Foundation Medicine Collaborates on Research Published in The New England Journal of Medicine That Identifies Resistance to KRAS Inhibitors and Underscores Need for Novel Therapeutic Strategies

Research led by Dana-Farber Cancer Institute incorporated genomic testing, including Foundation Medicine’s liquid-based comprehensive genomic profiling test, to glean new insights on resistance to KRAS G12C inhibition

CAMBRIDGE, Mass.--()--Foundation Medicine, Inc. and its collaborators today announced results from a Dana-Farber Cancer Institute-led study that used genomic testing, including Foundation Medicine’s liquid-based comprehensive genomic profiling (CGP) test, FoundationOne®Liquid CDx, among several assays, to investigate resistance mechanisms in 38 patients with cancer treated with a KRAS G12C inhibitor. The study found a complex landscape of acquired resistance mechanisms, with putative resistance mechanisms identified in 45% of patients. These mechanisms were diverse, and some patients (18%) had multiple resistance alterations. Study findings support the need for development of additional KRAS inhibitors and combination treatment strategies and reinforce the utility of liquid biopsy assays in evaluating resistance. The study, “Acquired Resistance to KRAS G12C Inhibition in Cancer,” was published yesterday in The New England Journal of Medicine.

The KRAS oncogene encodes a protein frequently altered in cancer, and mutations typically occur at hotspots in the protein, increasing the activity of KRAS and driving pro-tumorigenic signaling. Although KRAS mutations are among the most common cancer drivers, only recently have investigational KRAS inhibitors entered clinical development, with the first KRAS inhibitor just approved for certain patients with lung cancer. In this study of patients receiving an investigational therapy, researchers identified multiple resistance pathways – in some cases even within a single sample – through the use of genomic testing from several labs. These findings help researchers better understand the landscape of acquired resistance to KRAS inhibitors to inform the development of additional therapeutics targeting KRAS alterations or combination therapies designed to block oncogenic signaling and result in clinical responses.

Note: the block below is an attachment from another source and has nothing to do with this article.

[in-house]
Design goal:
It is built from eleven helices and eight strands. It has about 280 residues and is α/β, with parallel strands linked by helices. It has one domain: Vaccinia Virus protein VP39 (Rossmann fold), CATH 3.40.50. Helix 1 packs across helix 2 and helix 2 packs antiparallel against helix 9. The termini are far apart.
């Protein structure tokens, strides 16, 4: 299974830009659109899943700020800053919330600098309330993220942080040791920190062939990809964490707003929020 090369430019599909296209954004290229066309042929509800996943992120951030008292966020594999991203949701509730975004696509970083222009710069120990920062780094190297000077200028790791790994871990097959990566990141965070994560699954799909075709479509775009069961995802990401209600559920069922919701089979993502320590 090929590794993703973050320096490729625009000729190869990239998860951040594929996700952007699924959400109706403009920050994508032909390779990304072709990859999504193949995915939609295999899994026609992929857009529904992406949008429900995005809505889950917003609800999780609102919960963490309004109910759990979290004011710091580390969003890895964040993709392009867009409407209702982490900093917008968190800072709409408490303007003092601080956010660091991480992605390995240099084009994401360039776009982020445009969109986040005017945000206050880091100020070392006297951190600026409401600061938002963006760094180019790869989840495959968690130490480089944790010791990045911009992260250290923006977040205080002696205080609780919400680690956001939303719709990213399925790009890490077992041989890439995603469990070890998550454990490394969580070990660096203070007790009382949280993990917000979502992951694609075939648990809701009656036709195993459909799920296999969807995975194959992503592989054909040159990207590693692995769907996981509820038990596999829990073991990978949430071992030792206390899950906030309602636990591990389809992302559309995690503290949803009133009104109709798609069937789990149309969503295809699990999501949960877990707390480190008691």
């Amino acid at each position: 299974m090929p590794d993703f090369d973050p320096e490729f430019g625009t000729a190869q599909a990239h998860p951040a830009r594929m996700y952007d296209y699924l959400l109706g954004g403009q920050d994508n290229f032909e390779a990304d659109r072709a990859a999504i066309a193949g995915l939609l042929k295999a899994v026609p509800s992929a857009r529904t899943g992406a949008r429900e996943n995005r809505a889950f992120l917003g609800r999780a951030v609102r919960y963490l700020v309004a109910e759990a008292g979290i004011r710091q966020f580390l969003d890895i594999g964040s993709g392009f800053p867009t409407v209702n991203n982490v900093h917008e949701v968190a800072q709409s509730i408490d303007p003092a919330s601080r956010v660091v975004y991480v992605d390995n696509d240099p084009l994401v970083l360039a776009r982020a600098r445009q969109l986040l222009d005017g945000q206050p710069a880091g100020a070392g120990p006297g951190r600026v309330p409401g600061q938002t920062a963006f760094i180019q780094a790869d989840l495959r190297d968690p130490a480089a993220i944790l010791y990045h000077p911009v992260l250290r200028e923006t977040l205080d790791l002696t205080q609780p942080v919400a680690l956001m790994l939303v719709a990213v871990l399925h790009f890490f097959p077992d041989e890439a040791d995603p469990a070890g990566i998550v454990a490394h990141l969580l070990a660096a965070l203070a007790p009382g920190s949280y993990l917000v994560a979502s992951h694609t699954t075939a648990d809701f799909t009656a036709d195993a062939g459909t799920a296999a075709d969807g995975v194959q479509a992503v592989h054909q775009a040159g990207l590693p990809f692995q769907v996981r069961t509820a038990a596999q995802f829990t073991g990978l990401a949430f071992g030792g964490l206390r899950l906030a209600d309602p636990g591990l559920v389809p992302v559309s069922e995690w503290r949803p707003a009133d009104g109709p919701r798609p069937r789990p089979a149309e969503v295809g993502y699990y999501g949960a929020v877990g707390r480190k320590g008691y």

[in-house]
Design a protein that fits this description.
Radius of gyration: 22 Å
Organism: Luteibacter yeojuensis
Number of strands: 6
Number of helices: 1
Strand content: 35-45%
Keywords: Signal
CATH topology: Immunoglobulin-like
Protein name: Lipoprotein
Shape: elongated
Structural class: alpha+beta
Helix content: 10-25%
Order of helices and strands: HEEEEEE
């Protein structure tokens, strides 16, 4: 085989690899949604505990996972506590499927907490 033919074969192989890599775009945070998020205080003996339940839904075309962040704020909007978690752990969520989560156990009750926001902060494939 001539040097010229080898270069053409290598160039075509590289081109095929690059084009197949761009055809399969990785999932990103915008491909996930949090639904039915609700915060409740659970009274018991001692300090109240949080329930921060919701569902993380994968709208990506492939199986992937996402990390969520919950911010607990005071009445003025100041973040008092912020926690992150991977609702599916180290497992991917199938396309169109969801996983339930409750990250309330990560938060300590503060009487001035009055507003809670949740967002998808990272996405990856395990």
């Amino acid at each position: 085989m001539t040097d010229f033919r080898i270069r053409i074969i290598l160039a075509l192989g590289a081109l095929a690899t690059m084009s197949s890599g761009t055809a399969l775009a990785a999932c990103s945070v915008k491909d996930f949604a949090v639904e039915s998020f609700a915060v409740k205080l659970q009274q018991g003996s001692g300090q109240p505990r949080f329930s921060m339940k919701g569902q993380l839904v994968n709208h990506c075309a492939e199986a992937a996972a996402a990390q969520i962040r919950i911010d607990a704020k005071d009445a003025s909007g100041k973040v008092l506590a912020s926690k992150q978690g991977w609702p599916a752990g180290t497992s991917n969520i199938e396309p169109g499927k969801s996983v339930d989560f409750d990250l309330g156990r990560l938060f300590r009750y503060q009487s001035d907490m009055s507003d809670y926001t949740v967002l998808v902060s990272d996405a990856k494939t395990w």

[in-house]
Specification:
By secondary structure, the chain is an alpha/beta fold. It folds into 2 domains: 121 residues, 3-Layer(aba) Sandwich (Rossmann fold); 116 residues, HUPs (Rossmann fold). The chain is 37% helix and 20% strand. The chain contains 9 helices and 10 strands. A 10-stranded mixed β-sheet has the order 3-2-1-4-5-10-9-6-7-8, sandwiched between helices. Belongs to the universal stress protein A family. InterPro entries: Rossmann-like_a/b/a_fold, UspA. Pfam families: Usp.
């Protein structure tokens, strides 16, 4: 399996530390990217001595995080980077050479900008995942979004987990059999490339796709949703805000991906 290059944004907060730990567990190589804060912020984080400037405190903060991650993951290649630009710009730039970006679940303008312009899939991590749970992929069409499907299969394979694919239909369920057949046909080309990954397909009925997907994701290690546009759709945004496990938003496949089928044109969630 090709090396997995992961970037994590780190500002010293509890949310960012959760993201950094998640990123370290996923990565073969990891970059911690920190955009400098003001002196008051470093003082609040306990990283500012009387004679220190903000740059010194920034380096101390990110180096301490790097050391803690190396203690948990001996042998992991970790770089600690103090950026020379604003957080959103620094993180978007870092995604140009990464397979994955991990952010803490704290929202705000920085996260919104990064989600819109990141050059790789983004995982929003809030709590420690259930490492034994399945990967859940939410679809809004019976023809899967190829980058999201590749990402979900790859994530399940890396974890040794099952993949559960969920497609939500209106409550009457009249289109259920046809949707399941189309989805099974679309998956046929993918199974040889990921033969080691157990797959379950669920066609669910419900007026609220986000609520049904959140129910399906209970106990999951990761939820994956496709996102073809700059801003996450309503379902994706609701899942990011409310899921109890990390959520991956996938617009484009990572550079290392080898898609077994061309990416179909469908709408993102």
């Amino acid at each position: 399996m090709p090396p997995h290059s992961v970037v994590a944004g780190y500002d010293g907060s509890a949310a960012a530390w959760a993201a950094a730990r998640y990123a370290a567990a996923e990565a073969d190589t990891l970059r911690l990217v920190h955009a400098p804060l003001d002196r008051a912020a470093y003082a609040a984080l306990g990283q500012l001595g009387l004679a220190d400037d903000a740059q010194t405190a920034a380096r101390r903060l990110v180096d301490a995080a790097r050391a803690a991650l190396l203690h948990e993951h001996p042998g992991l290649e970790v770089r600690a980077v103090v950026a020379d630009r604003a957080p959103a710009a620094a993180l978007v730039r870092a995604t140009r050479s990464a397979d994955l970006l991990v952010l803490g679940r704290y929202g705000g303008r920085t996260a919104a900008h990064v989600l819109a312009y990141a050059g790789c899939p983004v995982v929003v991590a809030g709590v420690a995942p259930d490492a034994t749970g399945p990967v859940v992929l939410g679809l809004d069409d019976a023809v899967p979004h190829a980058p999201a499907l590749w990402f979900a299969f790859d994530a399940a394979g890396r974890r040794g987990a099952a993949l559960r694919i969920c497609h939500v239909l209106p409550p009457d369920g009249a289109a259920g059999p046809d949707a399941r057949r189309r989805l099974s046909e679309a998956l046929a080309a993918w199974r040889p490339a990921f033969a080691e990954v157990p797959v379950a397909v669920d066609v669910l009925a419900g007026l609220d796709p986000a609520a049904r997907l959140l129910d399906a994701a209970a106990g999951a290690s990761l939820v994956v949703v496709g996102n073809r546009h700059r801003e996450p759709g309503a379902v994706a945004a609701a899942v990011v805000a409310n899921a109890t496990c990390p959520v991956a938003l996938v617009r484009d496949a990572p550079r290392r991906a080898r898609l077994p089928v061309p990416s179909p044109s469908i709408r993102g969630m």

“Resistance mechanisms to cancer treatment are often complex, which is challenging for oncologists and researchers to describe and effectively counter. That’s why we were excited to help incorporate genomic testing though Foundation Medicine’s comprehensive liquid biopsy assay into this study – one of the first analyzing resistance mechanisms to KRAS inhibitors,” said Alexa Schrock, Ph.D., Director, Clinical Development at Foundation Medicine. “Comprehensive liquid biopsy assays not only enable widespread access to genomic testing, which is particularly appealing to patients with treatment resistance, but they also provide insights to help drive the development of new therapeutic approaches for these patients.”